She’s been in Seton Hospital for ten days now. The first four were for her second round of high-dose chemo for her recurrent lymphoma cancer. The next five were to recover from what was initially diagnosed to be a probable seizure but has since come to be regarded as a particularly intense version of “chemo brain.”
So bad on Monday and Tuesday that her Austin onocologist considers it a show stopper. Either she’ll get a smaller dose for the next round or she’ll get a different brand. Of course whether there’ll be a third round at all depends on testing to be done Oct. 6 at M.D. Anderson Cancer Center in Houston.
This last day of her Seton stint will be spent (as began last night) charming the nurses down to their toes. It’s good for Seton she’ll be coming home this afternoon. Otherwise there’d soon be a mob of nurses making pilgrimages to her room.
UPDATE: And then the oncologist decided her potassium and magnesium counts were too low and she might need a platelets infusion by Sunday morning. So she’s still in the hospital.
MORE: Finally came home Monday evening. Probably wishes she was back there as my cooking cannot compete with hospital fare.
We’re about 24 hours away from the beginning of Mrs. Charm’s second round of high-dose chemo for her recurring lymphoma, this time at Seton Hospital in central Austin. And it can’t come too soon. Her two-week recovery from the first round at M.D. Anderson in Houston has not been very pleasant. Her abdomen pain is back and the fever also, though neither are as bad as they were before the first round and the fever, at least is lower and it comes and goes.
The fever (possibly signifying an infection) will have to be gone before they’ll start the second round, according to the Austin doctor with Texas Oncology who will handle it. We met with him on Monday. The good news was that the swelling of her leg (called lymphedema) had diminished almost back to normal. The bad news is that it is swelling again. At least she has not been much bothered by nausea from the first round, though she has had trouble sleeping and so is tired much of the time and has little energy.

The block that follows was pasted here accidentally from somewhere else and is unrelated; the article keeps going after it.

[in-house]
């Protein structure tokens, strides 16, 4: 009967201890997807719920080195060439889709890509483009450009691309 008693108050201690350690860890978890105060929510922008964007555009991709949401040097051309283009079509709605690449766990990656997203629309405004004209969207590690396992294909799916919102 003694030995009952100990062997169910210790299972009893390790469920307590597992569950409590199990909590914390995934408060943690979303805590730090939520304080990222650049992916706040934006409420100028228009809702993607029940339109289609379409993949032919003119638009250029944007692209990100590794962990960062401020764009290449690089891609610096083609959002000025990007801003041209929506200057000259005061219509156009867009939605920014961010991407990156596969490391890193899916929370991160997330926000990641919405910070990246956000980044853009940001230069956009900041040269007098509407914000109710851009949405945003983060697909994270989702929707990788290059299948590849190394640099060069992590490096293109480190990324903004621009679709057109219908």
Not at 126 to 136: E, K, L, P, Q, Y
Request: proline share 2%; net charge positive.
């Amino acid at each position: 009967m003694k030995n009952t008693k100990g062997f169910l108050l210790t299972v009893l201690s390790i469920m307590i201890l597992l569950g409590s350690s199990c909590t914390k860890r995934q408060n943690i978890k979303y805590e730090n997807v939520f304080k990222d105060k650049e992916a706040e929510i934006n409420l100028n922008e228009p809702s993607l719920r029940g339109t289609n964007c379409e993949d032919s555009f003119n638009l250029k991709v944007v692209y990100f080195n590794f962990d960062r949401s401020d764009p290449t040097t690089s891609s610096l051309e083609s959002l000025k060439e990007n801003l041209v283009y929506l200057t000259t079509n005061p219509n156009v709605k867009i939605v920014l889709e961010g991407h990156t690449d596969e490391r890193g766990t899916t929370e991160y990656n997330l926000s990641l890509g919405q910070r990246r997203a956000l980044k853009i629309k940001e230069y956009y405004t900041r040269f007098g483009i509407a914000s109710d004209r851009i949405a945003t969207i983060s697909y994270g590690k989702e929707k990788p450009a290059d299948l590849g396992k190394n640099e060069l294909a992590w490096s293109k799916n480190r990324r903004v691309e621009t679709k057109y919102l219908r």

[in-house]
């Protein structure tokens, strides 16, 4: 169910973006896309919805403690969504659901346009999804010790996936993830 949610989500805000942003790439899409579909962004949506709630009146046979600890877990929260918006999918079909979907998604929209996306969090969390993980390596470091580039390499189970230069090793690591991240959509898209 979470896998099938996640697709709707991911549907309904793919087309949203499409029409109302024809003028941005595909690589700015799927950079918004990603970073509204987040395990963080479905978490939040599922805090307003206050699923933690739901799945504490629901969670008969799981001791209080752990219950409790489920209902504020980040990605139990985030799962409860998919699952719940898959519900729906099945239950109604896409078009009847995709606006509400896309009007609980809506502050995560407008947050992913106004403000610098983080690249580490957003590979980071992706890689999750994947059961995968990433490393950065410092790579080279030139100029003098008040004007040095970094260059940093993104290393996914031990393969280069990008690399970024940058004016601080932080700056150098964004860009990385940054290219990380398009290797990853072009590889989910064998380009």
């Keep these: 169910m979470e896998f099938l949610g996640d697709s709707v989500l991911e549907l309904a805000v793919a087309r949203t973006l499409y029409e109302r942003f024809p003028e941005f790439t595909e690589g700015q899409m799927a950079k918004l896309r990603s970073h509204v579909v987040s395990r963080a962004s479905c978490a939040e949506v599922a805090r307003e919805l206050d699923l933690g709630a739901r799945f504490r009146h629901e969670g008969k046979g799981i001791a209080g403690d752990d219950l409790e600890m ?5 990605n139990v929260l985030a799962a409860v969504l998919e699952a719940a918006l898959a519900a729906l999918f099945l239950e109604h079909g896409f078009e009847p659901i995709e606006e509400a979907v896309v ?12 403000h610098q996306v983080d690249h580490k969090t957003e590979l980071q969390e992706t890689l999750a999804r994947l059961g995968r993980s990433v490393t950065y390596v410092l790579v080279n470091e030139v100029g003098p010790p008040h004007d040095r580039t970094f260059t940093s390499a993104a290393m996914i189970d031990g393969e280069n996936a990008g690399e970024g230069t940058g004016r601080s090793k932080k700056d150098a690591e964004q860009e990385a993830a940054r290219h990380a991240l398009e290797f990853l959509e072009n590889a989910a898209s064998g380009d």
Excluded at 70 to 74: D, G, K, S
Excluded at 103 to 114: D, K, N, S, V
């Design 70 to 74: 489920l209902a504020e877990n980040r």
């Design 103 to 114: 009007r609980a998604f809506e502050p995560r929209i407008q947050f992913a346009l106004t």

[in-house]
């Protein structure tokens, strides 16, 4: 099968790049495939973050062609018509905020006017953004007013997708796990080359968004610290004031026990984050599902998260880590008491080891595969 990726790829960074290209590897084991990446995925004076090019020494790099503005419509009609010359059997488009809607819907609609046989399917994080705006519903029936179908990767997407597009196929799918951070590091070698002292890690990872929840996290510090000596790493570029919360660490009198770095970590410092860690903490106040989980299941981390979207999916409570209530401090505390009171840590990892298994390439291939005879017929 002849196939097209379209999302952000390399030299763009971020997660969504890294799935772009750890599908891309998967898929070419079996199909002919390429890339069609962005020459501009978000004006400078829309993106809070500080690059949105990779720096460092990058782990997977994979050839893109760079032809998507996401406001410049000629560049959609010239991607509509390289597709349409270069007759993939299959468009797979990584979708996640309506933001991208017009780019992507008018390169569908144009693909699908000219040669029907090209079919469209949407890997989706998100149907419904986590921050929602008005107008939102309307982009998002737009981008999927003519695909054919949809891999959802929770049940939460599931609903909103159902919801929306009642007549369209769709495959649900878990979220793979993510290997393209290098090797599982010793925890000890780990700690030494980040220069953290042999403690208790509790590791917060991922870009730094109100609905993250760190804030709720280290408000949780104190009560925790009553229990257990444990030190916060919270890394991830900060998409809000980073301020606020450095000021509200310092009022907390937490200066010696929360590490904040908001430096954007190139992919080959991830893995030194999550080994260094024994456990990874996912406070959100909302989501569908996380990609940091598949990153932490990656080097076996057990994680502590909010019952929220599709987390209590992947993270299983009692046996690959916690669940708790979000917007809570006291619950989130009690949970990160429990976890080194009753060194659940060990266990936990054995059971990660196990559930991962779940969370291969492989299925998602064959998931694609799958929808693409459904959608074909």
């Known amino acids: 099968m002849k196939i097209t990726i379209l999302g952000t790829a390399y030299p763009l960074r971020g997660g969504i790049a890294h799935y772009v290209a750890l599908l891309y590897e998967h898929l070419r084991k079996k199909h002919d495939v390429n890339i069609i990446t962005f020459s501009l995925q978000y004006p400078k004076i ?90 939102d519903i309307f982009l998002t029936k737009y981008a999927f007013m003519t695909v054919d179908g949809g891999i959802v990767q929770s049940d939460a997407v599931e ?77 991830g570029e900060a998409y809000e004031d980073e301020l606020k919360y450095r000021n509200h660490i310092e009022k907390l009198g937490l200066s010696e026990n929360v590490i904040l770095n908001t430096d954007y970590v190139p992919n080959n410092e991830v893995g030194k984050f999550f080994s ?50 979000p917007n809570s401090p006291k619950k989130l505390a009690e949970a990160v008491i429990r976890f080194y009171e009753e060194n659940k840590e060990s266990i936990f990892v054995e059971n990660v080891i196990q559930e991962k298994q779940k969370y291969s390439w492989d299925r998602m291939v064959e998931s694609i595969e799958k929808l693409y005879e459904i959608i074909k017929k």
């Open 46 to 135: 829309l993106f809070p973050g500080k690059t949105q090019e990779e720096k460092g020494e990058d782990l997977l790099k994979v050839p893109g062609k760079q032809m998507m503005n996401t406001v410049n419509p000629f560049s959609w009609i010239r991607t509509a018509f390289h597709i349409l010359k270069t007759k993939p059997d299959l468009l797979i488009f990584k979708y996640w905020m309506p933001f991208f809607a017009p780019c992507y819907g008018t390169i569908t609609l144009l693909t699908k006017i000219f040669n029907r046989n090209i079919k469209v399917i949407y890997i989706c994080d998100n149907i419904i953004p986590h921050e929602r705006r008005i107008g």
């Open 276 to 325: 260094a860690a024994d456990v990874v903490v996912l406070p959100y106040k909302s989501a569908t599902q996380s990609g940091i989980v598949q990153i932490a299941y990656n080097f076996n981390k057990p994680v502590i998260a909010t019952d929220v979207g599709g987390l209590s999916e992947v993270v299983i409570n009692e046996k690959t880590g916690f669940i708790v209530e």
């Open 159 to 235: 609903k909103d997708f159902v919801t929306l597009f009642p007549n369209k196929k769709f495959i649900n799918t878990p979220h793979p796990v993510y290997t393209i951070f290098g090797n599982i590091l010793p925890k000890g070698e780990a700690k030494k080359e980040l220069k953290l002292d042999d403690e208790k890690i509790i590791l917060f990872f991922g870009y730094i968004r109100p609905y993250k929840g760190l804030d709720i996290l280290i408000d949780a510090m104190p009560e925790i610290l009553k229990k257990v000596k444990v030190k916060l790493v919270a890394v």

Once the second round has been over for two weeks, around Oct. 5, we’ll go back to M.D. Anderson for tests to determine if a culminating third round would be meaningful. If so it will be done in Austin again. If not, her Anderson doc will enroll her in a clinical trial of an experimental drug, probably there in Houston. Other alternatives also may be available. So we’ve got a ways to go yet. As always, thoughts and prayers are appreciated.
On Saturday afternoon, after 24 hours of chemo at M.D. Anderson for her recurrent B cell lymphoma, Mrs. Charm said she felt “somewhat better.” Suggesting the chemo she’s been receiving almost continuously and will still through today might be knocking back some of the tumor load that was making her increasingly sick.
Hasn’t been all roses, of course. At one point in the treatment her O2 count was so low they had to put her on oxygen for a while. An X Ray of her lungs showed no problems, so apparently it was the tumor-filled lymph nodes pressing against them. The swelling of her left leg, from groin to toes, called Lymphedema, continues, however. Docs say it could take two weeks to go down. There is no cure for it, but only in severe cases does it lead to amputation.
UPDATE: Two days later, when she returned to the Rancho, “somewhat better” had gotten a big boost. Mrs. C. said her night sweats of several weeks standing were gone. Likewise her recurrent fevers, and pain, for which she was medicating non-stop several times a day. Swollen lymph nodes in her neck and under one ear also have diminished. All of which promises to make her two weeks of recovery from the first dose almost pleasant. Before the second one continues at a hospital in Austin.